And if we know anything about the culture of the ancient near east, we know they valued and practiced hospitality.
What an extraordinary run of bad luck for Joseph and Mary that they should be required to travel just as she was ready to give birth, that for reasons unknown, there were no kinfolk to provide assistance, and that in a land of hospitality, the best shelter they could find was in a stable.
Mary and Joseph’s situation, that first Christmas, didn’t turn out the way they would have planned it any more than our Christmas is what we would have chosen.
And then there were the shepherds.
Shepherds occupied the very lowest rungs of the social ladder in first century Judea. Stereotyped as liars and thieves, shepherds were not permitted to give testimony in court. For the religious community in Judea they were outsiders; shepherds were considered ritually unclean and were unable to participate in the Jews’ required Sabbath rituals.
These were not the people to whom you would expect God to send a birth announcement, and certainly not who you would invite to visit the newborn. What must Mary and Joseph have thought when the shepherds showed up?
Luke tells this story he does to make a point about the birth of Jesus and the nature of God. It’s a point that echoes throughout the gospel – really, throughout all of scripture, - a point Jesus’ followers struggled with then, and that we struggle with today. Luke shows us (as do so many of the biblical storytellers) that God does the unexpected and the incomprehensible. That with God, things FREQUENTLY don’t turn out the way we expected or the way we would have planned.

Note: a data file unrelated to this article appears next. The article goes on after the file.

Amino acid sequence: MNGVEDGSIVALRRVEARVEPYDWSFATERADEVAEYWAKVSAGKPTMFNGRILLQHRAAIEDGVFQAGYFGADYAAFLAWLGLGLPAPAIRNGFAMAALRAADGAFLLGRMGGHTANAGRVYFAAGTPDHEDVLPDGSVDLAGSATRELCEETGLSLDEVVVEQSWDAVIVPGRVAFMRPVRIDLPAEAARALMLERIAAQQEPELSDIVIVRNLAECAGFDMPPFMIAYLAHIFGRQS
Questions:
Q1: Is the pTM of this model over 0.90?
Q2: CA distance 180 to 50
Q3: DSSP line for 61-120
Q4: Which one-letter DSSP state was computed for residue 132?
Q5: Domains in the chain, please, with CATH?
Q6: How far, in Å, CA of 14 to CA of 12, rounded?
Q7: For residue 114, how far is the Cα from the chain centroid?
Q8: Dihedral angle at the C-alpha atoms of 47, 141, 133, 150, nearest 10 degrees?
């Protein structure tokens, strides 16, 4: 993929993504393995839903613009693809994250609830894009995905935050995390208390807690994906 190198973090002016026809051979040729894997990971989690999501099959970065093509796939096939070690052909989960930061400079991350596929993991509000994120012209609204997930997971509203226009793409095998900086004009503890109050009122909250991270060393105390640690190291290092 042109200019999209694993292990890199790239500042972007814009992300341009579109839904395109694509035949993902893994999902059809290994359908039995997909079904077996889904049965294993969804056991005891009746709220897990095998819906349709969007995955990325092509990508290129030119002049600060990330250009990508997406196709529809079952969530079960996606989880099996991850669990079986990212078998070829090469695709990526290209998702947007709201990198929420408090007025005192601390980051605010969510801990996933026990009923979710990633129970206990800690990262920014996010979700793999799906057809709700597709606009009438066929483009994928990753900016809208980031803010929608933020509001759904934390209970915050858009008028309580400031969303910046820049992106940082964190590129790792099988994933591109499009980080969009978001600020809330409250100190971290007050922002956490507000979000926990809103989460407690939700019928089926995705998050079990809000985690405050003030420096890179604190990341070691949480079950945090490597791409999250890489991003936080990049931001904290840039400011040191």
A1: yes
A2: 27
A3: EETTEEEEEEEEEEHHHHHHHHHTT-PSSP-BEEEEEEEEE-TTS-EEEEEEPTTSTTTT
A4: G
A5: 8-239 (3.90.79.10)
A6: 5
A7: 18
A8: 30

The Christmas story show us that God arrives on the periphery, and where things are hard, which is always where God is needed. That night in Bethlehem of Judea, God shows up in the midst of the everyday realities of a baby being born and a group of disenfranchised fieldhands hearing the news and coming to see.
God takes on new life in human history in a setting of political oppression, and to a couple unexpectedly on their own in difficult circumstances.